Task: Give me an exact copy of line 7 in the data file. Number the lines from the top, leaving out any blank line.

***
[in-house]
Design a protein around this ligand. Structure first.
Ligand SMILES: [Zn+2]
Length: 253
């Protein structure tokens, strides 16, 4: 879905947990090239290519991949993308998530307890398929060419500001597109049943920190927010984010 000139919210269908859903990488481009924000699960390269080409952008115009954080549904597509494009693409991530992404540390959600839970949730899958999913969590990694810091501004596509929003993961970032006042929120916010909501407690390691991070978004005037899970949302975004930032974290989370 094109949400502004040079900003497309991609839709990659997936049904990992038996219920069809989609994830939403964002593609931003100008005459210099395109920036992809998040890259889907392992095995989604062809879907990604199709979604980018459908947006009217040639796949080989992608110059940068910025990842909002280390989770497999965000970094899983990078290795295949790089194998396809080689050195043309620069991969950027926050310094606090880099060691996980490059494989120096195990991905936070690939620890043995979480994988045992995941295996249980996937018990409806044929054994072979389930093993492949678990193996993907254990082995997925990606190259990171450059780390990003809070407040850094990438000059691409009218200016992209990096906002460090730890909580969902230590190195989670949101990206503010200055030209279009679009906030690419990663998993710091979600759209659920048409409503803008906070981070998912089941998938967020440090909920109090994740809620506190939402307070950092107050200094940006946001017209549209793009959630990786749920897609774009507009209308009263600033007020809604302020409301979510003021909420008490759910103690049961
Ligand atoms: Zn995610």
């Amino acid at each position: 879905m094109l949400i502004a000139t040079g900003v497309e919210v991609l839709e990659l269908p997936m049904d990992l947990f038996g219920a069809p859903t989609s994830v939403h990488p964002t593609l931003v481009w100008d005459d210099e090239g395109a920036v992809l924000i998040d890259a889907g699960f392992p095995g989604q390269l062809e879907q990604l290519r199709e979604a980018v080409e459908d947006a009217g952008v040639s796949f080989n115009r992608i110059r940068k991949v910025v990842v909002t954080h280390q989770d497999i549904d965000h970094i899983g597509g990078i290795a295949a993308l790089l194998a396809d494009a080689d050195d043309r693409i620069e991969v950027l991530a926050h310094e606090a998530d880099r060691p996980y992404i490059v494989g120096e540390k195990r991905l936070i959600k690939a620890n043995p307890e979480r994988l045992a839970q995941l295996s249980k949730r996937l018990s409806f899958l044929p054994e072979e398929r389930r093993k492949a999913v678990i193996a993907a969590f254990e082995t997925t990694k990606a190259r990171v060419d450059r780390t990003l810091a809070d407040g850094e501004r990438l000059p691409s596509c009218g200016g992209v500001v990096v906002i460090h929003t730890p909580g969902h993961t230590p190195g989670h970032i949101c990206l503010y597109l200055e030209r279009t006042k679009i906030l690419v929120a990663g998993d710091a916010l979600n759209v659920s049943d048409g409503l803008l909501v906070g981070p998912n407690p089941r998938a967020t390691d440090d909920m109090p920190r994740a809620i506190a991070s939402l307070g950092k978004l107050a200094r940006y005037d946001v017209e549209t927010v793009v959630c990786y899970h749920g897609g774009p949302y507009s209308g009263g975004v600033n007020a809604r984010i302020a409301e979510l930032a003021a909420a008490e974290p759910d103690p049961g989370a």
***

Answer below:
């Amino acid at each position: 879905m094109l949400i502004a000139t040079g900003v497309e919210v991609l839709e990659l269908p997936m049904d990992l947990f038996g219920a069809p859903t989609s994830v939403h990488p964002t593609l931003v481009w100008d005459d210099e090239g395109a920036v992809l924000i998040d890259a889907g699960f392992p095995g989604q390269l062809e879907q990604l290519r199709e979604a980018v080409e459908d947006a009217g952008v040639s796949f080989n115009r992608i110059r940068k991949v910025v990842v909002t954080h280390q989770d497999i549904d965000h970094i899983g597509g990078i290795a295949a993308l790089l194998a396809d494009a080689d050195d043309r693409i620069e991969v950027l991530a926050h310094e606090a998530d880099r060691p996980y992404i490059v494989g120096e540390k195990r991905l936070i959600k690939a620890n043995p307890e979480r994988l045992a839970q995941l295996s249980k949730r996937l018990s409806f899958l044929p054994e072979e398929r389930r093993k492949a999913v678990i193996a993907a969590f254990e082995t997925t990694k990606a190259r990171v060419d450059r780390t990003l810091a809070d407040g850094e501004r990438l000059p691409s596509c009218g200016g992209v500001v990096v906002i460090h929003t730890p909580g969902h993961t230590p190195g989670h970032i949101c990206l503010y597109l200055e030209r279009t006042k679009i906030l690419v929120a990663g998993d710091a916010l979600n759209v659920s049943d048409g409503l803008l909501v906070g981070p998912n407690p089941r998938a967020t390691d440090d909920m109090p920190r994740a809620i506190a991070s939402l307070g950092k978004l107050a200094r940006y005037d946001v017209e549209t927010v793009v959630c990786y899970h749920g897609g774009p949302y507009s209308g009263g975004v600033n007020a809604r984010i302020a409301e979510l930032a003021a909420a008490e974290p759910d103690p049961g989370a």